Women across the world are making their mark. Protesting in styles that fit their niche and voice, empowering themselves and their community. Some chose to protest and politely remove themselves from the workforce, allies wore red in solidarity and some (like us) decided to celebrate.

Today, International Women’s Day, we celebrate the women that have challenged us to think bigger, dig deeper and act on things that matter to us.

We celebrated in ways that were appropriate to us:

We invited women and allies to come in and utilize our space as a catalyst for their to-do lists.

We kept business running as usual, as we’re a shop that is 75% made up of ladies, as well.

And lastly, we thanked our lady friends that have empowered us in one way or another.


On a day dedicated to advancing and elevating the power that can be found when women are empowered to be their ultimate selves, here are a few words from the flock on some fierce women that have inspired them in one form or another from friends to First Ladies:


  Kaylan Smith 

Okay, I’m biased, she’s my wife but not only is she an intelligent, beautiful woman— she is also one of the most determined and hardworking. While working a full-time job she put herself through courses for graphic design and switched careers to user experience design. Feeling yet another education bug, she attended the Iron Yard to study Front End Engineering. She is now a pioneer in a male-dominated field as a software developer for a start up here in Houston.

—Adam Smith


  Eleanor Roosevelt 

“You must do the things you think you cannot do,” she said. ” “It takes as much energy to wish as it does to plan,” she said. “Women are like teabags. You don’t know how strong they are until you put them in hot water,” she said. People often ask the question, “If you could meet any one person in the world—dead or alive—who would it be?” A question I contemplate from time to time, but often I come back to First Lady Eleanor Roosevelt: politician, diplomat, activist and lady full of uncompromising fire. Often thought of as controversial for her outspokenness, her radical stance on issues and for disagreeing publicly with her husband’s policy (go Eleanor!), she fought tirelessly for human rights and equality until the day that she died. She advocated for expanded roles for women in the workplace, the civil rights of African Americans and Asian Americans, and the rights of World War II refugees. Once called “the First Lady of the World” by President Truman in reference to her human rights work, she was regarded as “one of the most esteemed women in the world”; called “the object of almost universal respect” in her New York Times obituary. Every day, I aspire to channel a little Eleanor. We all should.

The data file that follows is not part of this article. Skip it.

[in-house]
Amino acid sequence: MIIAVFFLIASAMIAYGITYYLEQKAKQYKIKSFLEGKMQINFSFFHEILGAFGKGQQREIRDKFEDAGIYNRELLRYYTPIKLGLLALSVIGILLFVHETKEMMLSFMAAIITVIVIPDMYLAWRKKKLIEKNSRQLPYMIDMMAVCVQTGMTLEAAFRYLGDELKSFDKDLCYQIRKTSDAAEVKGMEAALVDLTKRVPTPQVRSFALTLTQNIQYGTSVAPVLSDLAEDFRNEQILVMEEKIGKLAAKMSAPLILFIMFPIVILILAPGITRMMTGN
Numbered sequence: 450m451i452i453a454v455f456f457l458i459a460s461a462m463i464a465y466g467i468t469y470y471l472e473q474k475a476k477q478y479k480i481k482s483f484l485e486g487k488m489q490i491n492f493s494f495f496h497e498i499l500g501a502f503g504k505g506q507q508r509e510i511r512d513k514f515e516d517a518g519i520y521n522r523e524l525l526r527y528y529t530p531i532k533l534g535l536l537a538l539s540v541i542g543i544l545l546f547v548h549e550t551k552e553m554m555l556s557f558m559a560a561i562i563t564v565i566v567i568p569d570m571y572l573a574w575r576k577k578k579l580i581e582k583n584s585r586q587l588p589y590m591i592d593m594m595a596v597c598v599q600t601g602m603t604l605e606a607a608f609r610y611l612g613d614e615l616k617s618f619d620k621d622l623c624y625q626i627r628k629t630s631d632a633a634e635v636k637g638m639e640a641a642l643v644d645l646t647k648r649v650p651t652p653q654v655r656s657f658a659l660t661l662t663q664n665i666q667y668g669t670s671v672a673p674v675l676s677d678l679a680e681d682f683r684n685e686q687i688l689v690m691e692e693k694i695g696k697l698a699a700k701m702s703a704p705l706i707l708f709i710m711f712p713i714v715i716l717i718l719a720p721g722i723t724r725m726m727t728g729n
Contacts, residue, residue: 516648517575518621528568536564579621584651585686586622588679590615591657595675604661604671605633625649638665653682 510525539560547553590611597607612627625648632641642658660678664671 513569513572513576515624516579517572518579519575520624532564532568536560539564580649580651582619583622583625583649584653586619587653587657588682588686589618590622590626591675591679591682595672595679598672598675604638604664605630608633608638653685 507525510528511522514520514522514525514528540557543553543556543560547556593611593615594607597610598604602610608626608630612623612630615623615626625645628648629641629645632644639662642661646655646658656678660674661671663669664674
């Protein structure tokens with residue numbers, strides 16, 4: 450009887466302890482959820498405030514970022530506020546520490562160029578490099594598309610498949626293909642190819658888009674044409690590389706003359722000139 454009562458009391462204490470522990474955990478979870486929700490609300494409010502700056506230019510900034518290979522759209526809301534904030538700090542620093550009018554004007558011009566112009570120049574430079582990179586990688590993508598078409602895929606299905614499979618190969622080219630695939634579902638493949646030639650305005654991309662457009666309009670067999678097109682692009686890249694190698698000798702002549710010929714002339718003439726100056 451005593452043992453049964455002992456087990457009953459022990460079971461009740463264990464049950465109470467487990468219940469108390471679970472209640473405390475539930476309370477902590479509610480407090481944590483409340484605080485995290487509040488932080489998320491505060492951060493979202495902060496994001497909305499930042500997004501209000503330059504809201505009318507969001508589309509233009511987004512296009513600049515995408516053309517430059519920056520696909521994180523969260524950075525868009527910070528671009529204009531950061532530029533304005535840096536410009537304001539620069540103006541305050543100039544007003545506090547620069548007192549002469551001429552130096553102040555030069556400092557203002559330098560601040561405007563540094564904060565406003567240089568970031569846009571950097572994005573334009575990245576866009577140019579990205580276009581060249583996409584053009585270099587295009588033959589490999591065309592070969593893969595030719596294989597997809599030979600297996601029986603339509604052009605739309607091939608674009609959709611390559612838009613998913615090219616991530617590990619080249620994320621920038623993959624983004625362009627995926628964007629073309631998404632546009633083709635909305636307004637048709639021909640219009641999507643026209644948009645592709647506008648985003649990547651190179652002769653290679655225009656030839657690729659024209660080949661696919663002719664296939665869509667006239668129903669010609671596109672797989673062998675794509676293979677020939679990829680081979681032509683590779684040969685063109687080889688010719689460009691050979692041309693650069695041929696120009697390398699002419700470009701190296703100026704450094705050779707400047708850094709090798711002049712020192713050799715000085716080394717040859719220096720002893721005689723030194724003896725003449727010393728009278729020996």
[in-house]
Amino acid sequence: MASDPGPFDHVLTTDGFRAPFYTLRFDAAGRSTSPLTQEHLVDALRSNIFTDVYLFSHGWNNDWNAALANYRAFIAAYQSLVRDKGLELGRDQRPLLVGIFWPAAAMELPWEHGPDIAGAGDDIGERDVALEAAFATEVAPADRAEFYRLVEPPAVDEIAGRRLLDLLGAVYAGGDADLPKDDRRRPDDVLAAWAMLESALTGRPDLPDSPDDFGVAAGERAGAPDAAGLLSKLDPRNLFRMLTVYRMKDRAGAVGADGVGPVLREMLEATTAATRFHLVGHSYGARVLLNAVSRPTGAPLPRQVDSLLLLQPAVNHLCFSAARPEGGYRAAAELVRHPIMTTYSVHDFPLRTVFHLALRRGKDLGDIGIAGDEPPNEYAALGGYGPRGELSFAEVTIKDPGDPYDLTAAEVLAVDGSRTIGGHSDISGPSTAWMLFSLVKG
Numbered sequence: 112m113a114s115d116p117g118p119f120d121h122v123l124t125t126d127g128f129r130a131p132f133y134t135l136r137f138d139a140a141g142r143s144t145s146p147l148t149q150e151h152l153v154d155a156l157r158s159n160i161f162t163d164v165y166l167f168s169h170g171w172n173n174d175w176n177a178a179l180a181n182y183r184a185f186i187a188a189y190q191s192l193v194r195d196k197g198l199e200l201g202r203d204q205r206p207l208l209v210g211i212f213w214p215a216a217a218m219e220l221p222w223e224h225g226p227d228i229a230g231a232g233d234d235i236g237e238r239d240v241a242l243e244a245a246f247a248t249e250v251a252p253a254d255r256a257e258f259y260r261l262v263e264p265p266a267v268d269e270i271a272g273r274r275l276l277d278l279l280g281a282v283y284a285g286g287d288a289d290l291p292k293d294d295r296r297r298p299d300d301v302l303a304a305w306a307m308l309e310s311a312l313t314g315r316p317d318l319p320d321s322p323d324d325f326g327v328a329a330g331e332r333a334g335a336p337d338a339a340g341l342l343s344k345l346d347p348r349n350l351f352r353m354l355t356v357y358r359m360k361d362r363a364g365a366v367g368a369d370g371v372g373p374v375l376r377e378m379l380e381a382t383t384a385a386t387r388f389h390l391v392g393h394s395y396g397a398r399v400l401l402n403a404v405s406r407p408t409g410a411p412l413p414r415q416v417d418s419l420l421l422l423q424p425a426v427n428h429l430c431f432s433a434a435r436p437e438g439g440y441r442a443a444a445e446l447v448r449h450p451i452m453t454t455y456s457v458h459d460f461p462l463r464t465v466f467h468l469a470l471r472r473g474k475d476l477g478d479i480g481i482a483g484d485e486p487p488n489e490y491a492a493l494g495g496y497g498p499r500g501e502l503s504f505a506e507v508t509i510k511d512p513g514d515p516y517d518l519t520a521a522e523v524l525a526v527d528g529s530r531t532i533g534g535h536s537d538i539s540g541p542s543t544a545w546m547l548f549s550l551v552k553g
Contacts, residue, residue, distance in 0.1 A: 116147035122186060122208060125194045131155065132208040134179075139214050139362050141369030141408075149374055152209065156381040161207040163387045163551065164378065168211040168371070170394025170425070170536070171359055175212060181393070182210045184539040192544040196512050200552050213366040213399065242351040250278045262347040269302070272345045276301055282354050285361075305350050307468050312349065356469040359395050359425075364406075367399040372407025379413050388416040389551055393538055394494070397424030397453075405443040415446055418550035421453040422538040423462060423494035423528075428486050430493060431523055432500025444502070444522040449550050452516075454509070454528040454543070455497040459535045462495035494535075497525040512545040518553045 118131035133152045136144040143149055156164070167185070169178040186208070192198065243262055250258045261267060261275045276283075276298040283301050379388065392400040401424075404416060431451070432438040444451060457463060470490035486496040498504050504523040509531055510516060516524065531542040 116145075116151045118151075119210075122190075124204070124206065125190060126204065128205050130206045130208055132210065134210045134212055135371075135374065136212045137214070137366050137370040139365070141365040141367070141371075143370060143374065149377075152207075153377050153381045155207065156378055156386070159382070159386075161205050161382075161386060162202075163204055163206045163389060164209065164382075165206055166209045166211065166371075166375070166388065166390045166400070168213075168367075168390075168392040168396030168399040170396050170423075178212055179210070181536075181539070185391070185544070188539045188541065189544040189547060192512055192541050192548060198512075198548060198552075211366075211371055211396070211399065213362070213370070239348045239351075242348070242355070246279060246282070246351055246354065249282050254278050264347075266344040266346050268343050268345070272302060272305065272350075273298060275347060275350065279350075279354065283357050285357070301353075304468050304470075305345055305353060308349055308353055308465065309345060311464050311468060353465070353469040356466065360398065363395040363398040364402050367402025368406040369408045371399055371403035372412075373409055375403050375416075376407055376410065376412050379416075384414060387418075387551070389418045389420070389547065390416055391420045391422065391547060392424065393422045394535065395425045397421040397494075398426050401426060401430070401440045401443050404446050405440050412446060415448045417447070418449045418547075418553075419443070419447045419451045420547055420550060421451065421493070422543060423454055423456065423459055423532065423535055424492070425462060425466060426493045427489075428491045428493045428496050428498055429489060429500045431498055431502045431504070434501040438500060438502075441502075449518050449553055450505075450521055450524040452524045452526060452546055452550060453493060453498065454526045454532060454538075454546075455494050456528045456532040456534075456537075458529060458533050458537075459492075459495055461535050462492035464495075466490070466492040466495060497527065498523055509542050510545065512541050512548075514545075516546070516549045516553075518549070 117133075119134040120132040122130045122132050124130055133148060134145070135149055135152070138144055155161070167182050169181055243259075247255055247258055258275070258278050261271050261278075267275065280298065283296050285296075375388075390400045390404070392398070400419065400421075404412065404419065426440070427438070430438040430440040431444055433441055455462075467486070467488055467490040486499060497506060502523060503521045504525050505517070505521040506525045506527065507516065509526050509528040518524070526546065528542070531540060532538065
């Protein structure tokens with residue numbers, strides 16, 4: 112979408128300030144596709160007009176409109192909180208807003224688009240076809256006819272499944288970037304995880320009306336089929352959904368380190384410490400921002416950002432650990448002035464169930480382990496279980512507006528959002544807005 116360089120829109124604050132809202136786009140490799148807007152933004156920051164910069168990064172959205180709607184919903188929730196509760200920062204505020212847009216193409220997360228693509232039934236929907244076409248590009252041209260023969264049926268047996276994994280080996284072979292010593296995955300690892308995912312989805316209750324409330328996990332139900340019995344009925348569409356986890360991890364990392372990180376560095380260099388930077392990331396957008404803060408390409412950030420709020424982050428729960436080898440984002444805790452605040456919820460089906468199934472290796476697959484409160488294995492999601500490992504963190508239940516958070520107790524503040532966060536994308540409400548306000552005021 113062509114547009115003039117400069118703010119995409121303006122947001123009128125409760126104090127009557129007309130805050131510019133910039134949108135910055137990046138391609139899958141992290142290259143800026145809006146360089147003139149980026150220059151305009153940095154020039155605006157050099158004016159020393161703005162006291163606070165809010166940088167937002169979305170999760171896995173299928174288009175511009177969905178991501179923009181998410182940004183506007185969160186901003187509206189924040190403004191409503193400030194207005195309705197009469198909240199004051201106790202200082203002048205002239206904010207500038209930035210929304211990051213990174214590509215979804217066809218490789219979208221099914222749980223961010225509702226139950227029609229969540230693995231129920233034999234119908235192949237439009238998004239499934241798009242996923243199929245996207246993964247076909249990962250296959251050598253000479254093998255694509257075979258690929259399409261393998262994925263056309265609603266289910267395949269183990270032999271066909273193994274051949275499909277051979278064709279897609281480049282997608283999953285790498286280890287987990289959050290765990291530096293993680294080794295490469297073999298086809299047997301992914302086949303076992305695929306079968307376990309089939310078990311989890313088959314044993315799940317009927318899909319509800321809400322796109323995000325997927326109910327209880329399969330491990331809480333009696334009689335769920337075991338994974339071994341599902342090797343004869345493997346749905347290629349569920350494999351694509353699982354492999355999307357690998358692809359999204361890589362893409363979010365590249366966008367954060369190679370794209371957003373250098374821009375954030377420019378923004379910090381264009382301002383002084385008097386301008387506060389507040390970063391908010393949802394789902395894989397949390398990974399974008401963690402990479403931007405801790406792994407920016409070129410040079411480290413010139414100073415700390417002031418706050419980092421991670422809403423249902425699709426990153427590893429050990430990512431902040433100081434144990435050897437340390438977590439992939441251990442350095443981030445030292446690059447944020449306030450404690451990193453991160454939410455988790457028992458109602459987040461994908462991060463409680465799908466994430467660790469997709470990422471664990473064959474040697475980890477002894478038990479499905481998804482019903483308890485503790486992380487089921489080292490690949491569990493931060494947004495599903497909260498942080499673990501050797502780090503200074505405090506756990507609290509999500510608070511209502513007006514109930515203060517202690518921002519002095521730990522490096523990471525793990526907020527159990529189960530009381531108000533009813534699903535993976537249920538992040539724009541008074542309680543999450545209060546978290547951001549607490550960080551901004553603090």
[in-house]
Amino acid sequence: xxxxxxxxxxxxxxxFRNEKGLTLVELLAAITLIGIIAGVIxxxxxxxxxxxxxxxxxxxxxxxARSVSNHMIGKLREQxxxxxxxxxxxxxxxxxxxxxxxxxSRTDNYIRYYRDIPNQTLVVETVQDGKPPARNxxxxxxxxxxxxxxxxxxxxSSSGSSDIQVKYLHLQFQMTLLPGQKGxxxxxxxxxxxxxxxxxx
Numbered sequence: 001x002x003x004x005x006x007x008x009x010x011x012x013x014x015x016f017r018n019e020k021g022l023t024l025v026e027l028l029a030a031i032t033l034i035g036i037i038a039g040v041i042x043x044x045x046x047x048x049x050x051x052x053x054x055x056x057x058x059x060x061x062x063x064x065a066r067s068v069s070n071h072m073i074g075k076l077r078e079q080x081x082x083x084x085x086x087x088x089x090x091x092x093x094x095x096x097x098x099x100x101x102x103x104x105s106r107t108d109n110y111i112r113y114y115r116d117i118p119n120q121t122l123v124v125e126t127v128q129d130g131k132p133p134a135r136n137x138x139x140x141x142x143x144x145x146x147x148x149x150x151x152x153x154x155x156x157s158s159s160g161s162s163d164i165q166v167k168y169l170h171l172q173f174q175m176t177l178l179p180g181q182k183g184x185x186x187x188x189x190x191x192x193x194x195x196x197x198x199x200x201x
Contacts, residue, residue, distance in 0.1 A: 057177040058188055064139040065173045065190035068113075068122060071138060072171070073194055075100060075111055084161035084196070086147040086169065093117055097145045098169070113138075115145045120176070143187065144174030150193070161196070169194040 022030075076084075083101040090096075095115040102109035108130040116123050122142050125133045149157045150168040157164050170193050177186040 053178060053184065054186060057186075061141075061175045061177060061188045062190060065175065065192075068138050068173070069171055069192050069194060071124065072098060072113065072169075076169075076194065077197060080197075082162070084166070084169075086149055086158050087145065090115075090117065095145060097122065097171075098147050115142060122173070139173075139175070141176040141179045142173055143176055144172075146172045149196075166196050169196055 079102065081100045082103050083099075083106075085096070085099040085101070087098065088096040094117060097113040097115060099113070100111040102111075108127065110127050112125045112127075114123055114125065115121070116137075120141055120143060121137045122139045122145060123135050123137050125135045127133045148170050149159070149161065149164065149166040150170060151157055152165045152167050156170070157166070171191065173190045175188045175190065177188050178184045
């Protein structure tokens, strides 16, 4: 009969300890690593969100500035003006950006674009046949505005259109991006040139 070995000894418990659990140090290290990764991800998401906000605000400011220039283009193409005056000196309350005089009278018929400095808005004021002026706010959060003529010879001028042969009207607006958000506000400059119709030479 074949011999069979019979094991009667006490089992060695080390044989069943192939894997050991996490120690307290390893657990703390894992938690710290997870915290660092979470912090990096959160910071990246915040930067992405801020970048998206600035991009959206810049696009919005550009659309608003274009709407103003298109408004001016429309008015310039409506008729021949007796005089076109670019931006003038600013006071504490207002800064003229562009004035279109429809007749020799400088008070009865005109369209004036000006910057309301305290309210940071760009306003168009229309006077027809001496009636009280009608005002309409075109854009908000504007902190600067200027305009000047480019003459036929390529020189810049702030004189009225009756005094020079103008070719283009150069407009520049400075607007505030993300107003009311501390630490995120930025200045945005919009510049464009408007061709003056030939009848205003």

—Aimee Woodall


  Kelsey Martin and Rachel Peterson 

Removing family from my pool of humans to choose from, I’d have to shout out to my old roommates aka the #powerhousebabes: Kelsey Martin and Rachel Peterson. You know the saying opposites attract? That definitely applies to us three. Rachel with her unapologetic, yet delicate like a flower attitude shocks me all the time—it’s remarkable how fierce and soft she is in all scenarios. Kelsey exudes wisdom beyond her years with the most infectious and warm personality I’ve ever known. As they are both performers, I’ve seen them put in countless hours of dedication on and off the stage, championing their fellow cast members and community around them. I’m thankful to get to be their stage mom and witness passion and unwavering faith played out through their actions. Because of them, there’s not a day that I’m not reminded to always be celebrating, be fierce, be kind and go after it—whatever “it” may be. These two have championed every venture I’ve set my focus on and likewise. Thanks, y’all.

—Alekza Latte


  Lauren Becker 

Honestly, the first woman that comes to mind is my older sister, Lauren. More so than anyone else in my life, she’s exemplified for me what it means to treat people with honor—to make someone a big deal. I think that’s more important than we give it credit for. Although she’s thousands of miles away, in a foreign country, I’ve never felt closer to her, because she (more than anything) is intentional with her words and time. You make time for the things that you care about, and she’s a prime example of that.

—Alex Anderson


  Emma Trithart 

Emma has been one of my closest friends and an inspiration for the 12 years we’ve known each other. She has been a friend to laugh with, a collaborator to challenge me, and a shoulder to lean on in hard times. She always has a bright outlook and a positive view of the world that has affected the way I carry myself. Her talents know no bounds. Thank you, Emma!